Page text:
Grammar Revision: Countable And Uncountable Nouns
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Why do we say There weren’t many people at the party but There wasn’t much wine?
When you look at these sentences carefully, you’ll notice that it all depends on the noun. People are countable, in that you can count them – 1 person, 2 people. Wine, on the other hand, cannot be counted. You cannot say 1 wine, 2 wines. 2 glasses (or bottles!) of wine, yes, but not just 2 wines. So wine is an uncountable noun.
Countable nouns are nouns we can talk about in the singular and in the plural. Uncountable nouns usually don’t have a plural form.
Countable nouns are objects and things, which is why they are able to be easily counted. Uncountable nouns, on the other hand, are usually abstract concepts (knowledge, advice) or things or objects which are of a substance such that it is difficult to count (sand, milk).
How do we use countable and uncountable nouns?
Countable and uncountable nouns differ in which quantifiers can be used with them. Countable nouns can use: many, a few; uncountable nouns use: much, a little. Both sets of nouns can use: lots of or a lot of.
What problems do learners have with countable and uncountable nouns?
The first problem learners have with countable and uncountable nouns is understanding the concept and so using incorrect quantifiers.
For example: How many money do you have?
The second problem arises because certain nouns can be countable and uncountable depending on their usage.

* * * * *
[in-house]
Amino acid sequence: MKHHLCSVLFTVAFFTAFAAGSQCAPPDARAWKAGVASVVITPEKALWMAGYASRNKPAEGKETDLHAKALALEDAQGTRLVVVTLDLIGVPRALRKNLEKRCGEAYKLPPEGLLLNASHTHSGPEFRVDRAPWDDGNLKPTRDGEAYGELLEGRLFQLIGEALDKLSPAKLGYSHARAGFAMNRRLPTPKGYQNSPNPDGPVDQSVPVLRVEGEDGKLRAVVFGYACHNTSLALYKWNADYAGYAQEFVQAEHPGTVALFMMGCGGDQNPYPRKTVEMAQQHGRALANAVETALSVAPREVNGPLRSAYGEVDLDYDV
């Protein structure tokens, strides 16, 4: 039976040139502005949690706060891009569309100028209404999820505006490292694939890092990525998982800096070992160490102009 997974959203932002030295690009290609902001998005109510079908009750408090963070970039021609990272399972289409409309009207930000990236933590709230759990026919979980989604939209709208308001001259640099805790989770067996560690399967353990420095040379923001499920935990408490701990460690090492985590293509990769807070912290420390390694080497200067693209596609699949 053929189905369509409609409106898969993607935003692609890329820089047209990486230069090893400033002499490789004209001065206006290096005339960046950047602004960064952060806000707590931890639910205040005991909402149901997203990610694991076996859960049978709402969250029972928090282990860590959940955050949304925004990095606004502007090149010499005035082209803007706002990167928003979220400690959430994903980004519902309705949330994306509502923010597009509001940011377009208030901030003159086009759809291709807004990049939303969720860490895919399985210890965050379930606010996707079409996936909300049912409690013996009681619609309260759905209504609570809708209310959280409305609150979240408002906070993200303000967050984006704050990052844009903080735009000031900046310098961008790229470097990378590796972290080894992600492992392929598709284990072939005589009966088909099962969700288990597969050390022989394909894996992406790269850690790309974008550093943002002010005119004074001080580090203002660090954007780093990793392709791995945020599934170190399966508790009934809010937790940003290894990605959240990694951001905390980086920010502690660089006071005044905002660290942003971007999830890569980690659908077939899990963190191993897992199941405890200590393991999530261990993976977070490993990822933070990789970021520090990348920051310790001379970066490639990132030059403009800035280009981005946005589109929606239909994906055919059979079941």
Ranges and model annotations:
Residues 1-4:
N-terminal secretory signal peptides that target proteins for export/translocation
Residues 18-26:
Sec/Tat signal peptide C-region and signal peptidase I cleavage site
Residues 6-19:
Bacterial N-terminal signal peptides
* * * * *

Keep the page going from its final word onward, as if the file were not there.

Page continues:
I’ve seen that movie many times.
I didn’t have time to do my homework.
Here, time is countable in the first sentence but uncountable in the second.
A final problem is the fact that uncountable nouns are not used in the plural. Learners may not realise this and may use them in the plural form. This may also be a transfer problem from their first language in which the same noun is countable.
For example: He gave me a lot of informations about the course.
When teaching your students about the different parts of speech, don’t gloss over nouns because you think they are a simple aspect of English. In fact, there are lots of rules relating to nouns which need to be clarified to our learners in order for them to be able to use nouns appropriately in their English production. You need to actually focus on the grammar of nouns. In other words, you need to make sure your students know not only the form, meaning and pronunciation of the words, but also the rules governing their use.
A helpful teaching idea is to utilise a categorisation activity in class. Write down a set of countable and uncountable nouns on big pieces of paper and allow the students to put them into two categories on the board – countable and uncountable. Allowing them time to think about and discuss the nouns will help them remember the rules.
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